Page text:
The HHC Flame Platoon was composed of 4 older model gasoline-driven M113 flame tracks whose cargo compartment was filled with a complicated, Rube Goldberg-like flame throwing system. The FSU was a truck-mounted compressor and pumping unit that were used to refill the flame track's tanks with napalm and compressed gas. A flame stream was produced by ignition of napalm as it was
propelled through a gun-barrel-like device by high-pressure gas. The stream could shoot about 40 yards. Built for European battlefield use, the Army sent them to RVN in the belief they would be useful in incinerating NVA in bunkers. In practice, they were mechanically unreliable and usually unavailable on the battlefield when needed. During May-Nov 1968, I never had a combat opportunity to use them.
They were tested occasionally during "mad minute" weapon firing at FSB Rawlins III. They were awesome.
Butch Sincock was an A Co. Platoon Leader during the Battle Xom Binh Dong west of Saigon on 26-27 May 1968 (refer to diary entry for battle details). His 14 June 2004 message reports his remembrance of a combat use of the Flame Platoon, which I have obviously forgotten.
"They were employed in combat during our late-May '68 battle just west of Saigon. The two flame tracks were facing west on the perimeter. Just after dawn on the 27th when the second wave of attacks began, the concentration of NVA was to our south. The two flame tracks moved from their positions to a spot on the south of the perimeter. I don't know who
called for them, but presume it was someone at Bn. level.
When they pulled up to the perimeter the soldiers moved away to either side. No one wanted to be next to one of those things if they took an RPG! The flame drivers came to a stop, locked the brakes, put the engine in neutral and cranked the engine up so high that sparks were coming out of the engine exhaust. I think that was to build
up compression in the tanks (2 as I recall).
I recall vividly at least one of the flame tracks cut loose with a stream of flame at a squad (10 +/-) of VC/NVA behind a paddy dike not far away. When we finally surveyed the battlefield the next day we found that the flame track had completely neutralized that enemy
squad, decapitating one or more of them with the flame stream. It was pretty gristly. The guys referred to them as "crispy critters." So, I can testify that they were certainly effective in that combat situation, although I shared the reluctance of the troops to get anywhere near them in a firefight."
This is the way the Flame Platoon Leader, Gary Bennett, remembers the equipment and the combat action described above by Butch:
"The Flame tracks had two spheres of approximately 200 gals. These held 200 gals. of napalm and 200 gals. of compressed air. As soon as the system was charged, the track was a rolling bomb and we wanted to discharge that puppy as soon as possible. The igniters were very iffy and the TC usually carried a cigarette lighter and a can of lighter fluid to fire off the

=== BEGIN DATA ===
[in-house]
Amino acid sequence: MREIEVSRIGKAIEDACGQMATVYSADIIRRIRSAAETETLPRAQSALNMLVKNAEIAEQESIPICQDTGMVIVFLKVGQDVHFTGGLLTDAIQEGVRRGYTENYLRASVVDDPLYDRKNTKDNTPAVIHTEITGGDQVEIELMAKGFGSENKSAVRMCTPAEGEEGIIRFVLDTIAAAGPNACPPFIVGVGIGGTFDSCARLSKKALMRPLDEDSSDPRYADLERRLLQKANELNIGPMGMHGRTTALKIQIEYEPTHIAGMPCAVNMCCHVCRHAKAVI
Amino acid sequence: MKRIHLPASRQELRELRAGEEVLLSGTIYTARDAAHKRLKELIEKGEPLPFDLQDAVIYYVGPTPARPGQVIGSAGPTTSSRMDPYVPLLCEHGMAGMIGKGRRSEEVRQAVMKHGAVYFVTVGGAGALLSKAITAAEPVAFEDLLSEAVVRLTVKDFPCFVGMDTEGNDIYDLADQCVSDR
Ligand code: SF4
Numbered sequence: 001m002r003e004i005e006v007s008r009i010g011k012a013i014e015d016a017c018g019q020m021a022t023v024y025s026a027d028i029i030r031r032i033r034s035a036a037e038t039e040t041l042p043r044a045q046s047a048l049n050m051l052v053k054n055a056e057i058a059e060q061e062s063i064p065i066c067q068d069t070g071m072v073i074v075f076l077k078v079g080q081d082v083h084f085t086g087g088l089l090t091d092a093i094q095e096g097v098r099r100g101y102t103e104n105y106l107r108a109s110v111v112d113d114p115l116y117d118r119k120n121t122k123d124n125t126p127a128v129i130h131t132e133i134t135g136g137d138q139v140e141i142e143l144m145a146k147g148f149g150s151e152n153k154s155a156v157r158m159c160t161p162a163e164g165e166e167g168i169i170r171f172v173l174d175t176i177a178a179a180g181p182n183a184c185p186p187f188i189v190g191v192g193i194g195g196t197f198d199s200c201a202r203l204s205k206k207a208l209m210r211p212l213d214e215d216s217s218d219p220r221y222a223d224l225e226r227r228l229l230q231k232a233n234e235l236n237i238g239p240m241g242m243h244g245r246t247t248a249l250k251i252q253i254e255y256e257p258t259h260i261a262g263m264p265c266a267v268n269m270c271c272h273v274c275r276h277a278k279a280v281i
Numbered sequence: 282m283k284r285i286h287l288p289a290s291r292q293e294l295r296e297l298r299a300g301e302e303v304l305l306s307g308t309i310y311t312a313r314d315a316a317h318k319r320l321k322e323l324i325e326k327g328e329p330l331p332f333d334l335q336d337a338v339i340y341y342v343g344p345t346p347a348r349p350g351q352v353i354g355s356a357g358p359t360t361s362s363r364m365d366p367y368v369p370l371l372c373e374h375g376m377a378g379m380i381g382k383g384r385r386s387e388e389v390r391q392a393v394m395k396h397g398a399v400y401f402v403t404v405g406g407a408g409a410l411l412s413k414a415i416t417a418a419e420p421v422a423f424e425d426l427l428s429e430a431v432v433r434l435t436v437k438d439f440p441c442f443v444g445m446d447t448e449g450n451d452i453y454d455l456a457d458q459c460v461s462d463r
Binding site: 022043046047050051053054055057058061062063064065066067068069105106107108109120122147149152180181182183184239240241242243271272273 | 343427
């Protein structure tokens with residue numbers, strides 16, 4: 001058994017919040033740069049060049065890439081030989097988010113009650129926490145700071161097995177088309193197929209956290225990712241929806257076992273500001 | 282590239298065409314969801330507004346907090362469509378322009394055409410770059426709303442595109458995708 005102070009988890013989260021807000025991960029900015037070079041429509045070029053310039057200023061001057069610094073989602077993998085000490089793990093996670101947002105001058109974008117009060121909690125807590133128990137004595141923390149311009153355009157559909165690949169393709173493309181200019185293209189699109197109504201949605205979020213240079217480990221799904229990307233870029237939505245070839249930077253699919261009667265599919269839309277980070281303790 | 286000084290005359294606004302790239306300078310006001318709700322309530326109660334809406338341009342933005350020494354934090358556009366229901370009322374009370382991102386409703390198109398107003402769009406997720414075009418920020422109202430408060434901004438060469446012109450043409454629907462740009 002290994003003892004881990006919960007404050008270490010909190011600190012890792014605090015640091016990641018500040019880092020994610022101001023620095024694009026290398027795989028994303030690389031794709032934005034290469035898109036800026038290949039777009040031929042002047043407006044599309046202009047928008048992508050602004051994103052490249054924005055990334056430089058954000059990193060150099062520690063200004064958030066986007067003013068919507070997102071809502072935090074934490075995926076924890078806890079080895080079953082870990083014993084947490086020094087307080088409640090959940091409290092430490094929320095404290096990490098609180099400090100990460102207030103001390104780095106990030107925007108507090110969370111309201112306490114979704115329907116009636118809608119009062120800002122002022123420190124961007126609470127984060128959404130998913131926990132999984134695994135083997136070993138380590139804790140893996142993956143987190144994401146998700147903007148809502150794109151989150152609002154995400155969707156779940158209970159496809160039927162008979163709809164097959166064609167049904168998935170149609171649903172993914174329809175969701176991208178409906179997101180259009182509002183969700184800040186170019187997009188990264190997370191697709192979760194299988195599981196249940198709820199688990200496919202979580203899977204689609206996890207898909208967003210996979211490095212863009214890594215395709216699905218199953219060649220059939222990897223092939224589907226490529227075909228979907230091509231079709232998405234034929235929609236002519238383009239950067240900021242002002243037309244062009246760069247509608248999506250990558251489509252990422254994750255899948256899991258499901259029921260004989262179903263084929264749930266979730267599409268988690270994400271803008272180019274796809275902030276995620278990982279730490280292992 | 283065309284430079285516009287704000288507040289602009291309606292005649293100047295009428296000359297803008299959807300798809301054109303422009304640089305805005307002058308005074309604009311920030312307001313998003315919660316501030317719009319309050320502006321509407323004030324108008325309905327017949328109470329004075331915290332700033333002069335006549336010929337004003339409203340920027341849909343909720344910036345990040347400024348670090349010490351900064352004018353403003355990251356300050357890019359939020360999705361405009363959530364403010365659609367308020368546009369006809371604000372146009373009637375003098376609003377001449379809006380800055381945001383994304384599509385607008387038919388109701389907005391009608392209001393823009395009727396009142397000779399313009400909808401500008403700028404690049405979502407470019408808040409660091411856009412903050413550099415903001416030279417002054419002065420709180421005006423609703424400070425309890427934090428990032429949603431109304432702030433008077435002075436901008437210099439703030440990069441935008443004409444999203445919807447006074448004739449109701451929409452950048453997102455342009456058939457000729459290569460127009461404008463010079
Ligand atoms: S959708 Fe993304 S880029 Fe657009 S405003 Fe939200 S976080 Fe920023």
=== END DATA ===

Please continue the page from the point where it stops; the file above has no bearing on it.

load coming out of the nozzle.
One of the reasons I didn't like to deploy them was as soon as the flame shot out, everyone stopped shooting to watch the fire. It was very important to maintain suppressing fire, that is why there was a machine gunner assigned to the track along with the coax. The coax was temperamental and often jammed.
We did get the word
from Battalion to attack. We had two tracks at this event. It was my understanding that the other two were north in War Zone II with a Cav unit the flame did stop the attack cold. It actual fused an RPG launcher to the shoulder of a VC.
The flame members carried a Chemical Corps MOS. I figured this was a war crimes assignment. The tracks were affectionately known as "Zippos". The support truck was always getting stuck in the mud. It had a large air compressor and a mixer that used MOGAS and coconut extract to make the napalm."
Flame Platoon leader, Bob Renneisen, 1969-70:
"The flame stream could be fired on and off through a "gun tube" like affair that projected over the track driver's right shoulder. The flame was ignited by a "glow- plug" igniter, which seldom worked. For this reason, Flame track drivers carried straightened-out coat hangers with a diesel soaked rag on
the end. If the igniter didn't work (usually), the driver would use a Zippo to light the rag and hold it in front of the tube when they fired the thing off—kind of like spraying Right-Guard through a match flame—really high-tech.
We used the flame tracks weekly at Rawlins to burn the trash, at which they did quite well. Otherwise we employed them as part of the perimeter defense at
Rawlins with machine guns (M-60) mounted and use of the flame capability was part of the overall perimeter defense strategy in the event the FSB got hit."
From Doug Conn, Recon Plt Sgt, 1969-70:
As far as I can remember they could be lit and relit a small flame on the front of the tube stayed lit. We took them out to the crescent [nickname for a part of the TAOR which resembled a crescent as it followed a wide curve to the east of the Saigon River] in the dry season to burn up some heavy
jungle with huge anthills and bunkers inside. Pictures of this are in my photo album. If you see a picture of Flame you will notice no other tracks around. We sure didn't like being close to them. If chuck [derisive nickname for Charlie, nickname for Viet Cong] got mad he would aim for them first. I know they were inoperable much of the time. They were stationed at Rawlins on the right side going in. They
did have the mixing truck with them all the time. It was on a deuce and a half 6X6 truck"